Debt Options Simplified

You’ve inevitably heard a lot of terms thrown around while researching debt relief solutions. Among concepts like debt management, debt consolidation, debt settlement, and bankruptcy — you might be scratching your head wondering what the best option is to improve your financial standing.

Debt relief options

Keep reading for a simplified breakdown of debt relief options.

Debt Management

A major roadblock in the personal battle against debt is the emotional turmoil weighing the mind down. Debt makes doing daily tasks much harder. It filters the lens we live life behind. This is why debt management, despite not actually saving debtors any money, still offers some appeal.

Debt management programs collect one payment from debtors and then distribute it among their creditors, often at lower amounts and interest rates. Be advised though that debt management programs do charge monthly fees and your credit will suffer from enrolling in a program.

Debt Consolidation

Whether through an unsecured means like a balance transfer or secured one like a home equity loan, debt consolidation provides much-needed breathing room for people struggling with multiple payments and don’t want to enroll in a program.

Debt consolidation works by lowering a debtor’s overall interest rate while simplifying their monthly payments into one total. Alternatively, balance transfers usually carry a three-to-five percent fee, but also offer introductory zero-interest rates for as long as 18 months, allowing the newly consolidated principal to be attacked aggressively. Consolidating debt using assets like a home or car can make sense but do contain risk given that real possessions are at stake if you can’t make your payments.

Debt Settlement

Falling behind on payments brings a barrage of creditor calls and late payment mail. It also hurts credit, causes stress and increases overall debt. Debt settlement, which is the process of negotiating to resolve outstanding balances to lower lump-sum payments.

Many debt settlement companies, such as Freedom Debt Relief, may help with the stress and, over a two-to-four-year process, could reduce debts by substantial amounts. If you agree to the repayment amount, they’ve negotiated, you’ll pay a fee based on what percentage was resolved. And be prepared to pay some tax as a result; the IRS views forgiven debt as income.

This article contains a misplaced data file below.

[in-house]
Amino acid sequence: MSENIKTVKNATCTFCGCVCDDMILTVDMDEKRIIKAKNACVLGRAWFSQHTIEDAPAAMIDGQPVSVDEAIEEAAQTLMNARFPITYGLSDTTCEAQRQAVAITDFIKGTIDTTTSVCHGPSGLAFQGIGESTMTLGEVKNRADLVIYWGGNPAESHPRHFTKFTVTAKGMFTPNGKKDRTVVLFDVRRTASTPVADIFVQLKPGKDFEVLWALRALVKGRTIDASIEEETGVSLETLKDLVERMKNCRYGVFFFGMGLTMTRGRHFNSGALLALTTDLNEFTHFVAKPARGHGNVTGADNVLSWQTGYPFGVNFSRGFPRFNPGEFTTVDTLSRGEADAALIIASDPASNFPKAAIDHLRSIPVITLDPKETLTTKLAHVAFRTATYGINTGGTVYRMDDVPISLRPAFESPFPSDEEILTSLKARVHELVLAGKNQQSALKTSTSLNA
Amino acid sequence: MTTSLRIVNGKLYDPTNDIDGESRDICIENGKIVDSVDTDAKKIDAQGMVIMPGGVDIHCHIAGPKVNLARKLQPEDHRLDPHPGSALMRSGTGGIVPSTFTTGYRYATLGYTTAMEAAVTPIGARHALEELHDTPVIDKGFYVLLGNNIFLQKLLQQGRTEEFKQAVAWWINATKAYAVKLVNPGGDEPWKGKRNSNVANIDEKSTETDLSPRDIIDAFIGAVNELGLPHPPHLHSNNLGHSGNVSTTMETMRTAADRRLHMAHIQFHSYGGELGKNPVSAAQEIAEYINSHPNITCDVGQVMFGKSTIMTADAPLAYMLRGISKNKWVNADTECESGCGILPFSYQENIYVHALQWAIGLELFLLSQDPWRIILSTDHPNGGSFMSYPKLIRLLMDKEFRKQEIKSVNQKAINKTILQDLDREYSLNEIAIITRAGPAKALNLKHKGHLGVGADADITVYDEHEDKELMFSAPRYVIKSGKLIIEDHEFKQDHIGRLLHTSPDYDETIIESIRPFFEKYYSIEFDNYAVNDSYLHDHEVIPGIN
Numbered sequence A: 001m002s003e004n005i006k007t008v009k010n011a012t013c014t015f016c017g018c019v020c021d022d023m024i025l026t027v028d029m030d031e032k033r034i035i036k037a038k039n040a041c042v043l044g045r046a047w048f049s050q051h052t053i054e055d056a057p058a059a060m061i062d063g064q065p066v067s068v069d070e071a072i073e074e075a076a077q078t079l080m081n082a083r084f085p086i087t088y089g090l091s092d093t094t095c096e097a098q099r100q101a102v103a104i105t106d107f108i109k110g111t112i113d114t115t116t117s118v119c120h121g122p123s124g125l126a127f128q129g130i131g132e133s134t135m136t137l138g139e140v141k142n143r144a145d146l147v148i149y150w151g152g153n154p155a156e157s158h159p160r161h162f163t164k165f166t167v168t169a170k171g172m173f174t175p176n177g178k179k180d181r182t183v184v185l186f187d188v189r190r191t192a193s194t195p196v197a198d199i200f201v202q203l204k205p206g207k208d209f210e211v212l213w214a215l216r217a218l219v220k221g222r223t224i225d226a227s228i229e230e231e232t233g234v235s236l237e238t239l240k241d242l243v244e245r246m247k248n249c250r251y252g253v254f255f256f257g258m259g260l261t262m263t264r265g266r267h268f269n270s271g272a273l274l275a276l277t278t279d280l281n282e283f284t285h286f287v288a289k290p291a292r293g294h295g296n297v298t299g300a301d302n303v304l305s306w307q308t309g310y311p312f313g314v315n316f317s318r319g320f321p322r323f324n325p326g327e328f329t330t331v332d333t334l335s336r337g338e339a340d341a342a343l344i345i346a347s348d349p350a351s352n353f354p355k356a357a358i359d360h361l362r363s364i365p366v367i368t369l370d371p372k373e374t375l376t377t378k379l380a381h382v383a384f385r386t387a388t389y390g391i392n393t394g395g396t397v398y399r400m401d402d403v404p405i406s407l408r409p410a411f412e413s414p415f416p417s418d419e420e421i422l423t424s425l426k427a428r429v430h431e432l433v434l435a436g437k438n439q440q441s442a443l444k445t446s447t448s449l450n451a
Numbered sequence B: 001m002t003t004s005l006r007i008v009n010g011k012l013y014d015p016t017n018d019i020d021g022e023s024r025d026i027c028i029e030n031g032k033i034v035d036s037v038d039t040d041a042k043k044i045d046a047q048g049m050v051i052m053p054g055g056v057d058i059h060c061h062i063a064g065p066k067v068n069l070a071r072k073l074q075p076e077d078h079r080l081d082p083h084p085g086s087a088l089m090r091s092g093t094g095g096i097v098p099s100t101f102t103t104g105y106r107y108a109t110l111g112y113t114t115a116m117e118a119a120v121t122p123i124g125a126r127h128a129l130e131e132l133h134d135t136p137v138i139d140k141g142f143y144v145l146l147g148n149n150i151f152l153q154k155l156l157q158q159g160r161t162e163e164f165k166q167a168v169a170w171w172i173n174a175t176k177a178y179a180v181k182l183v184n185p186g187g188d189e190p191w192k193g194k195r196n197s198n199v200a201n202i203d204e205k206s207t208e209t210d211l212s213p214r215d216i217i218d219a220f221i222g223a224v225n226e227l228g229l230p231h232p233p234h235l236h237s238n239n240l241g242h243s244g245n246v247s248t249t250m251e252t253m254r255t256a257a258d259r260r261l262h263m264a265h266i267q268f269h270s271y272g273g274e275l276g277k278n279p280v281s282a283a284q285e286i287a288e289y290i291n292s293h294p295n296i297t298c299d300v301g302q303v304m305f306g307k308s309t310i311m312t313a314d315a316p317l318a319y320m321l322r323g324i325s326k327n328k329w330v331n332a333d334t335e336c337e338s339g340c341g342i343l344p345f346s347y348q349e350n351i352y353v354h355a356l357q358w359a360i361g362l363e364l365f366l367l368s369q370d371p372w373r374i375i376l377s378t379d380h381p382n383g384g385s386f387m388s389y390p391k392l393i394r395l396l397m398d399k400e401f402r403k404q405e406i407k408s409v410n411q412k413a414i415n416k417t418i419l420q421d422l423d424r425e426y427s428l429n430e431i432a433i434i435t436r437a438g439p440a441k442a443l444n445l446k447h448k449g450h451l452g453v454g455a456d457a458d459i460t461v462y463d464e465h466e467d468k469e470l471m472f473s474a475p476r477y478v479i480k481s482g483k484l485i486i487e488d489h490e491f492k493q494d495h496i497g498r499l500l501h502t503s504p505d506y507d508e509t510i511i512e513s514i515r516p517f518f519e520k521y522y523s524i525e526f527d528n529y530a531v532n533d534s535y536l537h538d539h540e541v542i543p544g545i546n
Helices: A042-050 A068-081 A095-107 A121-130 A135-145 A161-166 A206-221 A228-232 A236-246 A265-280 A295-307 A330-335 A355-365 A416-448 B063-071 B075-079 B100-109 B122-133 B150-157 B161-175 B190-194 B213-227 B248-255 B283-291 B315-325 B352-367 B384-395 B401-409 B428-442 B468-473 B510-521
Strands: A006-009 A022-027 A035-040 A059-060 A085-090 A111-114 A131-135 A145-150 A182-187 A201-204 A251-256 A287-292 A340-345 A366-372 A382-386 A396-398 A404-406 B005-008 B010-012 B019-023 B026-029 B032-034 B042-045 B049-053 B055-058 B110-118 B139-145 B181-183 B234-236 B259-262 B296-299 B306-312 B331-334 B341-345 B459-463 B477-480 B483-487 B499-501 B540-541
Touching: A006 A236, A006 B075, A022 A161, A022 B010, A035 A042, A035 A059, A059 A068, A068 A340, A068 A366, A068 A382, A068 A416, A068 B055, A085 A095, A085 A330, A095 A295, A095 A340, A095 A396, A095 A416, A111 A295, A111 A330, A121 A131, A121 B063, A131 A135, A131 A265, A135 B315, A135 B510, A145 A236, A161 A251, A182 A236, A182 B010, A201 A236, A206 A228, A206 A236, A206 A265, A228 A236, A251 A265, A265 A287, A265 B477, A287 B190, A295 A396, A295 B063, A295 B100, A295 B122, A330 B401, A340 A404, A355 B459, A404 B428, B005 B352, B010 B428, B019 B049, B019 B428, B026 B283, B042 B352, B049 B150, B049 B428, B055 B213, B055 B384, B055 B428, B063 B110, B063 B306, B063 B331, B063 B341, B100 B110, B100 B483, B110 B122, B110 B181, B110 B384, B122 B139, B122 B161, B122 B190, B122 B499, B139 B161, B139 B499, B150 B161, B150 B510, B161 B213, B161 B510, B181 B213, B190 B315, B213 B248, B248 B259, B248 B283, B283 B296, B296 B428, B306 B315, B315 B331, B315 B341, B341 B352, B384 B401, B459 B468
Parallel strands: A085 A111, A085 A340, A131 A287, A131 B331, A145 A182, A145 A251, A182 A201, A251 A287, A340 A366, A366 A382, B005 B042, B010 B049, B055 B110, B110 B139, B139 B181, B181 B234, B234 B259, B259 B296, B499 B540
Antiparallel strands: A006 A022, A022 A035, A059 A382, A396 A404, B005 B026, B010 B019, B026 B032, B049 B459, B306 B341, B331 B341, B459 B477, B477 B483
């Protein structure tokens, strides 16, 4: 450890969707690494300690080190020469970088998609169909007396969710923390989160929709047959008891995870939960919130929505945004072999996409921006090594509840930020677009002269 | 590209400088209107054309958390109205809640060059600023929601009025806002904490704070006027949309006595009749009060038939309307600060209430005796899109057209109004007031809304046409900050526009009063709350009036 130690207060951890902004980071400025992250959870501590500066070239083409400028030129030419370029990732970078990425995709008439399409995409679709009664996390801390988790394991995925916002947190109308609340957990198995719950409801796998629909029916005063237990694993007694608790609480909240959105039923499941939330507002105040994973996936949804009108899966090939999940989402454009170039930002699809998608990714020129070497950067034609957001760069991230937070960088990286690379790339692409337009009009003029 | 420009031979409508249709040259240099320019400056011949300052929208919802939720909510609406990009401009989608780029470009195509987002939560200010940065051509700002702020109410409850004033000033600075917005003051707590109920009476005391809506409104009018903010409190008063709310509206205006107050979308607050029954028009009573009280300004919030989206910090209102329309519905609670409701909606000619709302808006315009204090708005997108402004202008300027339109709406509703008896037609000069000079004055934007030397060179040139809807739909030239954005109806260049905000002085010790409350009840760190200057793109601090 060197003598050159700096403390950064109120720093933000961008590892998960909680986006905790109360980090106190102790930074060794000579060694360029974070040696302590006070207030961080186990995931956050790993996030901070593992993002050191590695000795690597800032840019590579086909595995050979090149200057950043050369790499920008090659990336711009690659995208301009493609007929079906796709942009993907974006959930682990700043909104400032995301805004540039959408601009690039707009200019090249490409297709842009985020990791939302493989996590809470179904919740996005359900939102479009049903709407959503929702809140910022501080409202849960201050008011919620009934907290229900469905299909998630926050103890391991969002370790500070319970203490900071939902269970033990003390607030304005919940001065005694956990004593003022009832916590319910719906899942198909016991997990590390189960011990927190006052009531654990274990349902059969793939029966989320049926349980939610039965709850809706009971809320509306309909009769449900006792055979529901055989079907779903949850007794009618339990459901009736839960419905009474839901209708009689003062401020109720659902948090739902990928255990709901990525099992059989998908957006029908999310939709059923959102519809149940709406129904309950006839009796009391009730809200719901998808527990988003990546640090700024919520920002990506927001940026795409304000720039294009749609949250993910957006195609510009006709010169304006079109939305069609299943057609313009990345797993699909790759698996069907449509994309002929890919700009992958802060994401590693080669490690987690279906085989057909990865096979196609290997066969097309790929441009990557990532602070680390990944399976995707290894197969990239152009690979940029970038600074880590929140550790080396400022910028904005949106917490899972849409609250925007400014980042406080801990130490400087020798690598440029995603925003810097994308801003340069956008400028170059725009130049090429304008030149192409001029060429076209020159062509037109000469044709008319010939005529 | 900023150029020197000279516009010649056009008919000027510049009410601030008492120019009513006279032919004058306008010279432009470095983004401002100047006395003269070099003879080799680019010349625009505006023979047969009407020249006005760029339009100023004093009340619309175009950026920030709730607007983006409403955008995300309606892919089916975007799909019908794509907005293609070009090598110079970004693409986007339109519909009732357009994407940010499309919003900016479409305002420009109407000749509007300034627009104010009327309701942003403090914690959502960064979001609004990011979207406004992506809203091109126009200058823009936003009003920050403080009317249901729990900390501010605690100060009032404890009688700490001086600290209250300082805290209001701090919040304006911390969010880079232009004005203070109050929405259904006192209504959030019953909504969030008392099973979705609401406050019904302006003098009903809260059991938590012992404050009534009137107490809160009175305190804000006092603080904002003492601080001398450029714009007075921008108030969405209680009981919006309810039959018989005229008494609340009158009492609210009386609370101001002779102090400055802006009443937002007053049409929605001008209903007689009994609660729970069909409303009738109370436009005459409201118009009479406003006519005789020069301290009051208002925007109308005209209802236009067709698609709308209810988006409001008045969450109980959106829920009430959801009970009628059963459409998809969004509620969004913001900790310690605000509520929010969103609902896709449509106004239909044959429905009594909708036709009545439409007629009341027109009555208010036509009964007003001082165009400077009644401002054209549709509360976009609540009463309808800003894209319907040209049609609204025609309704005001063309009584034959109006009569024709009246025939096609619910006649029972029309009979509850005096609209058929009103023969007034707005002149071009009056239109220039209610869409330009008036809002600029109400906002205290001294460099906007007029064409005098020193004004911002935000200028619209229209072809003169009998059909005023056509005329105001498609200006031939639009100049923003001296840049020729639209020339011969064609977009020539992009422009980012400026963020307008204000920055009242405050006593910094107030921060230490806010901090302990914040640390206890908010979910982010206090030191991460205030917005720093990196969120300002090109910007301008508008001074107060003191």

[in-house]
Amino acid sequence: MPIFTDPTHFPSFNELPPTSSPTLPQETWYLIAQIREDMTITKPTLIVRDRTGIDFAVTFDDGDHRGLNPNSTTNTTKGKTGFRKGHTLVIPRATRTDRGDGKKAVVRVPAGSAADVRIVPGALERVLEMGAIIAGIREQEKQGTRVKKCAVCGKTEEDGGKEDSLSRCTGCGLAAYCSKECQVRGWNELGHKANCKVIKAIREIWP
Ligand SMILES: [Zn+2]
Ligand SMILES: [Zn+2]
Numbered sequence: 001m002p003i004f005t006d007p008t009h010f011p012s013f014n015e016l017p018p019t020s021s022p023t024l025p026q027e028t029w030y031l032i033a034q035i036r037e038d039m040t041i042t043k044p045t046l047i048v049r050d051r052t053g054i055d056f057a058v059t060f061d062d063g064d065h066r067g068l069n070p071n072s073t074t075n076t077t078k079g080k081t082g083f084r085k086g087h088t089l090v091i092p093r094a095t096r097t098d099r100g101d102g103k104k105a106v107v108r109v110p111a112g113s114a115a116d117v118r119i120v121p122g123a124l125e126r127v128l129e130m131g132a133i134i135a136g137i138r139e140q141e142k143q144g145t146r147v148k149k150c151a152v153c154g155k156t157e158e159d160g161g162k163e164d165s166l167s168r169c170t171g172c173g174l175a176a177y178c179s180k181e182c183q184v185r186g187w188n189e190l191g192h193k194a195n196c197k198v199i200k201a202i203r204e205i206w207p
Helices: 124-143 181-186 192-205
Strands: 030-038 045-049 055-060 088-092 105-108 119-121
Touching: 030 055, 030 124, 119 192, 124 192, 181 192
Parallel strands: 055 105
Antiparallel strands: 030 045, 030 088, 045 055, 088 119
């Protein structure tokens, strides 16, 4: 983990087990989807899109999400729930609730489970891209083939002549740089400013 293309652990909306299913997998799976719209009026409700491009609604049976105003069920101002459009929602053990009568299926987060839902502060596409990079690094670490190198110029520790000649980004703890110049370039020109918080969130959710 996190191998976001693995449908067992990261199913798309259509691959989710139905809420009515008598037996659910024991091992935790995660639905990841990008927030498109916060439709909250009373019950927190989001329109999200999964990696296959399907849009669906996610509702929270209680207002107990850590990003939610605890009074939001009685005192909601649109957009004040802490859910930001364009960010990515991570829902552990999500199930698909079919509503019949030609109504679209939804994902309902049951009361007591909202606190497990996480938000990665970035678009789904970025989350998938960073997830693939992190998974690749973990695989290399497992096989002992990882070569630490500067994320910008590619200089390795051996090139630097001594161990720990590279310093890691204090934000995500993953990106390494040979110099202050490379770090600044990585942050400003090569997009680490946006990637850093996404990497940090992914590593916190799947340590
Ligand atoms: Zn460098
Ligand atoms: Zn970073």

Bankruptcy

Bankruptcy is proof that the rock bottom of debt is actually a modest trampoline. Both chapter seven and chapter 13 bankruptcy can solve a debtor’s quandary, through similar costs, but different timelines and effects.

Chapter seven only takes three-to-six months to play out but might result in the liquidation of your personal assets to repay your creditors. A chapter seven filing also stays on credit reports for a decade. Chapter 13, on the other hand, allows debtors to keep their assets, as long as they can meet court-ordered payments for three-to-five years.

Do It Yourself

In life, there’s always the proper channel of action and a resourceful alternative. Third-party companies certainly have expertise in navigating difficult financial situations, and they provide crucial support during trying times. However, you never know what you can accomplish with a phone call.

Reaching out to creditors before you start to fall behind on payments could award you a grace period or payment restructuring. It could also result in a debt negotiated to be paid at a reduced sum. Even by your own means, you most definitely have the option to take one monthly amount for debt payments and split them among your creditors based on priority.

Conclusion

While having one debt relief option would make the decision process infinitely more accessible, it’s definitely a good thing that debtors have various solutions available. At the end of the day, debt is personal, and so too is the path a debtor takes to freedom. Weigh the routes above against your level of debt and the trajectory you’re heading. Then cherish the small wins and progress along the way; you’ll need them to reach economic independence.

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